“Idiot,” her brain screamed when her feet stopped running at the edge of the wood. Her heart entered the darkness, even though it was folly going through the dense undergrowth, especially at her age.

Entering the field behind her, her followers screeched her name, “Ella, Ella.”

They would follow her path, etched by her own feet which had forged a damned line through the tall grasses straight to her current location. 

What choice did she have? 

She crashed through the brush. Branches ripped at her bare legs and arms. “More path paving,” she muttered. 


So much anger, so much time spent at the end of a rope. She couldn’t blame them. She wasn’t any better off than the lot of them, struggling with the emptiness thrust upon them. She understood the burden she had become, but couldn’t agree to their solutions.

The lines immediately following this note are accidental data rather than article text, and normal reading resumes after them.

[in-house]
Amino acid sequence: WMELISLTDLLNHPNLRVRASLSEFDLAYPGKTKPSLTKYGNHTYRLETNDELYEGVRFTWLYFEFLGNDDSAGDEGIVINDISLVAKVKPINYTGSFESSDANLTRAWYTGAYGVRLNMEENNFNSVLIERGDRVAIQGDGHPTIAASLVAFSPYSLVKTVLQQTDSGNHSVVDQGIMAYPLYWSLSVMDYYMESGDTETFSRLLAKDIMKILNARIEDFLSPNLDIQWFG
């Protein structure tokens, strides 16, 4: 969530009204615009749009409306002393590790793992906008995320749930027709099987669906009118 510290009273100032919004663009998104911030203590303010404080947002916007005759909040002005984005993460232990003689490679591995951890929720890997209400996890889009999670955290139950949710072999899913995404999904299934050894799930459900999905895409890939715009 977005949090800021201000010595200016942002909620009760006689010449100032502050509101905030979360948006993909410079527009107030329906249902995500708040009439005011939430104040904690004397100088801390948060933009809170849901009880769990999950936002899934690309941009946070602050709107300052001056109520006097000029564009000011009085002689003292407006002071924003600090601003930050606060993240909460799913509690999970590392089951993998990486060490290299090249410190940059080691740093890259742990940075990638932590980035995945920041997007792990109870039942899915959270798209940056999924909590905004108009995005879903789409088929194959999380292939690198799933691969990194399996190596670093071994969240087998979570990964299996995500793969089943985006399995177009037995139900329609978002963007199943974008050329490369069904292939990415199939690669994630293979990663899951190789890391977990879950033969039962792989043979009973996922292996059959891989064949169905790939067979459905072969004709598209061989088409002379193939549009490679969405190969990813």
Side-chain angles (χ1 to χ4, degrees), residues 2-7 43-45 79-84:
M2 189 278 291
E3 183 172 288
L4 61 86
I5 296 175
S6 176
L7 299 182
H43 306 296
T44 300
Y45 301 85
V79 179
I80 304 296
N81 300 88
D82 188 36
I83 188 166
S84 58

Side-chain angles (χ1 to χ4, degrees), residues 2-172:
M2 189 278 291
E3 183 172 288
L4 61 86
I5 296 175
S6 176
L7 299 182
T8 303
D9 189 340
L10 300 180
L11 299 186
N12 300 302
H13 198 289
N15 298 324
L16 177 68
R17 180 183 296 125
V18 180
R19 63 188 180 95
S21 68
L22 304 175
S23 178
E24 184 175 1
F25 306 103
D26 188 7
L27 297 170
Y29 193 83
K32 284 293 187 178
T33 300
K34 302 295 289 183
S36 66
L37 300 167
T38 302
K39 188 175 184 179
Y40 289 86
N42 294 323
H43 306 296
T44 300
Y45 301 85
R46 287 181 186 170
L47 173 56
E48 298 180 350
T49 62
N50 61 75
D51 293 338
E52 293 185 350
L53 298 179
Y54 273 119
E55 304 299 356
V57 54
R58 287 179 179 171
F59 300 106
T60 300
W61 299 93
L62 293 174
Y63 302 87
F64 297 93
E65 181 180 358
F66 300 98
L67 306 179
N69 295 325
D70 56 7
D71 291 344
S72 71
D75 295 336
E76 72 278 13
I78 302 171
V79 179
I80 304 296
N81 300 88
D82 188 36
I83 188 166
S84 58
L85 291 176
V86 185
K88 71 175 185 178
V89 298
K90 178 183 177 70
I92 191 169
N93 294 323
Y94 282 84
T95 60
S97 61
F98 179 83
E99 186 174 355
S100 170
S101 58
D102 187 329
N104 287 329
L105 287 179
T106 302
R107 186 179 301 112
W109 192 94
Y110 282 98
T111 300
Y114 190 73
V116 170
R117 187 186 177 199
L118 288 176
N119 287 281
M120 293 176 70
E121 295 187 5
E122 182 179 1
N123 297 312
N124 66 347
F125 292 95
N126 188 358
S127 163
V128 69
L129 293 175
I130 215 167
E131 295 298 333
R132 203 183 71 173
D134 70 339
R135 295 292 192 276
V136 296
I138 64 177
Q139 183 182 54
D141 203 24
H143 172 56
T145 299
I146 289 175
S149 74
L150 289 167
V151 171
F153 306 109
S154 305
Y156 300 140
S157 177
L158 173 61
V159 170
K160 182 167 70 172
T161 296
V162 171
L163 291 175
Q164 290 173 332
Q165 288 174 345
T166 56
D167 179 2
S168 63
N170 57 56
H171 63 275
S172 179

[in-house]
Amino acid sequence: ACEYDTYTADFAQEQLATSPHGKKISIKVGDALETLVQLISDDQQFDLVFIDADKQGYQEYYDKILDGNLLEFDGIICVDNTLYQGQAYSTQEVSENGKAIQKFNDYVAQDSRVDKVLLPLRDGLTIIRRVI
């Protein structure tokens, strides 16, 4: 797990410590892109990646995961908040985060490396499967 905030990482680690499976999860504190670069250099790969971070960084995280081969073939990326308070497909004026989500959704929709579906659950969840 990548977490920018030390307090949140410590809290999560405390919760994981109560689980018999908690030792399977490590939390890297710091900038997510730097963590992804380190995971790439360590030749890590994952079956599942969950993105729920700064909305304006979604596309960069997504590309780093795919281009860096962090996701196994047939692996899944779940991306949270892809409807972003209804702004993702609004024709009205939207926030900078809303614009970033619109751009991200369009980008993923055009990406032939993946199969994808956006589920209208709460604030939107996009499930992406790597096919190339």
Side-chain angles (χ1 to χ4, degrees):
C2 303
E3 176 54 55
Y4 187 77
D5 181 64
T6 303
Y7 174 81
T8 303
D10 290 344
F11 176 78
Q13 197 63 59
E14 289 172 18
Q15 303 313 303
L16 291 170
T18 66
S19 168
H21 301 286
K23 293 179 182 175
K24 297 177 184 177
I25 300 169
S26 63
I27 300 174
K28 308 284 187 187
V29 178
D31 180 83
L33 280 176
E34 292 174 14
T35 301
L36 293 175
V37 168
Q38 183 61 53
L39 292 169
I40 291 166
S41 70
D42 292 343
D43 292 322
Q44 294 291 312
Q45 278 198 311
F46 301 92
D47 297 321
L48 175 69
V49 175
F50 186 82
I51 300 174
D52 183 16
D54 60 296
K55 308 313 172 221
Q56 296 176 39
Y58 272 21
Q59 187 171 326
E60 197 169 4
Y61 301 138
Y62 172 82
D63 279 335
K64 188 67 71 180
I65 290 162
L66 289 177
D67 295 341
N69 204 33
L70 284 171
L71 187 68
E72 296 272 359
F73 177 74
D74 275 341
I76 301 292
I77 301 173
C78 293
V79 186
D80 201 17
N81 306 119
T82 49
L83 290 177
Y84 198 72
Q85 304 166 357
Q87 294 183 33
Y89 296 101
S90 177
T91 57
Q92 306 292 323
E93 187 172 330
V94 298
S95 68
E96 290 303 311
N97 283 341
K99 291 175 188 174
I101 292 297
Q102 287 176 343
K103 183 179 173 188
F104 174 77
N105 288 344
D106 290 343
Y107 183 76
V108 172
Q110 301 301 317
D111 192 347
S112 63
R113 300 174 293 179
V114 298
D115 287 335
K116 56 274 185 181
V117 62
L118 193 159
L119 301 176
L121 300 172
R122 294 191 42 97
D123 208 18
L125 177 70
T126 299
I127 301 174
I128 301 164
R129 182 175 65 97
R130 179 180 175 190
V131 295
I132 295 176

A patch of sunlight caught her eye. She pushed through the foliage and gasped as the first wash of light engulfed her. She knew this place. Knew it as the end of the line.

Ahead of her was a thirty-five foot plunge into a raging river.

Branches snapped as her followers entered the forest.

“What choice?” 

She walked toward the cliff.

At the edge, a single lily waved, lifted to and fro by a gentle breeze, a white flag of surrender.

She sighed and sat, legs dangling, and stared at the water below.

Once, then twice, the wind pushed the lily against her bare arm.

She looked at the sky: quiet, clear serenity above her. “Three hours until nightfall.”

The lily nudged her arm a third time.

It was possible. If she was as quiet as the sky, she could hide in the undergrowth until dark.

She stood.

The lily waved, “It’s possible.”

She walked toward the woods.

She walked toward freedom.

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